The author explores the role of governance mechanisms as a means of reducing financial fragility. First, he develops a simple theoretical general-equilibrium model in which instability arises due to an agency problem resulting from a conflict of interest between the borrower and lender. In particular, when governance is weak and transaction costs are high, the share of capital assets that creditors can claim as collateral is highly sensitive to shocks. As a result, there is financial fragility, in that the willingness of agents to finance productive investments is sensitive to shocks. Second, using a data set that contains over 90 industrialized and developing economies, the author tests the hypothesis that governance is important in explaining financial fragility (measured as the likelihood of a banking crisis and investment volatility). His results show that institutions, rules, and laws that govern the financial environment are of first-order importance for the stability of financial systems. The author finds that, while better legal systems are particularly important, so are democratic institutions that limit the power of the executive.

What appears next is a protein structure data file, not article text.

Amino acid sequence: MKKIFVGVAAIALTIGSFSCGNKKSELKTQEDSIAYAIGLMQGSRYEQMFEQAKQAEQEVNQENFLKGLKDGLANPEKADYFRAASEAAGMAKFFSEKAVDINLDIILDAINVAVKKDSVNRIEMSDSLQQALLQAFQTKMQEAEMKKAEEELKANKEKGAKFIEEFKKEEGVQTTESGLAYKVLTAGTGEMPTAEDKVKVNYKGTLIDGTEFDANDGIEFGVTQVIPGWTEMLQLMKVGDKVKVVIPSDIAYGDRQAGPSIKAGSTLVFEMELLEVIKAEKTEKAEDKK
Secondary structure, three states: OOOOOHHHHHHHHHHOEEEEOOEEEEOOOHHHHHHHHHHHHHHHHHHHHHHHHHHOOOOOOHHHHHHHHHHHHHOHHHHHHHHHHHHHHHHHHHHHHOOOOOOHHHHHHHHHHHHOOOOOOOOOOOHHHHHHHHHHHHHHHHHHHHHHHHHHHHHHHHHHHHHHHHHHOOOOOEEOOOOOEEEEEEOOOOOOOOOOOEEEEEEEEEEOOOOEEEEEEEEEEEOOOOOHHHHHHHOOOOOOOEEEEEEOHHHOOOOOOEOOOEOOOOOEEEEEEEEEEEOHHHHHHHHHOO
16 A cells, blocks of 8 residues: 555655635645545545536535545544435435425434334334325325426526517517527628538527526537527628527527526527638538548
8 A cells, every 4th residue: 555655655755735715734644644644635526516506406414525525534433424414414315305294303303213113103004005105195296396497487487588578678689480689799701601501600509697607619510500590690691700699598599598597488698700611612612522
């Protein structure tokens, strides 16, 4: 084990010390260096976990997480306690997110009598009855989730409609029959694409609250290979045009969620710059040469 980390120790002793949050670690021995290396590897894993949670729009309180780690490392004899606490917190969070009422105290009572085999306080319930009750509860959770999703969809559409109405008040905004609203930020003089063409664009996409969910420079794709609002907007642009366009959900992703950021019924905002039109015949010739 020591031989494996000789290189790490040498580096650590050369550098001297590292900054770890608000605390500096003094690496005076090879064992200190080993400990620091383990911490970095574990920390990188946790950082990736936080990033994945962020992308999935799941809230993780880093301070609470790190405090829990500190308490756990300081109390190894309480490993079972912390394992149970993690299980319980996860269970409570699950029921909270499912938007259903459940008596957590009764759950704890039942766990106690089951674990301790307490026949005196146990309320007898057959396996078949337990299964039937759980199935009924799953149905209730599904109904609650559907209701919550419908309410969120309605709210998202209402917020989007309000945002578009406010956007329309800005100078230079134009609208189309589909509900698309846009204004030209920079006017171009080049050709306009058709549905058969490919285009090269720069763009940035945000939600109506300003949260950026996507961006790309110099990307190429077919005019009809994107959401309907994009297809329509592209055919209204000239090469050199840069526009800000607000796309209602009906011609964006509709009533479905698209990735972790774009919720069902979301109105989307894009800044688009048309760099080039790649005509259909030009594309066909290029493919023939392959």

Also published as:

Governance and Financial Fragility
Economic Papers (0812-0439) [THE ECONOMIC SOCIETY OF AUSTRALIA]
December 2004. Vol. 23, No. 4, pp. 386-95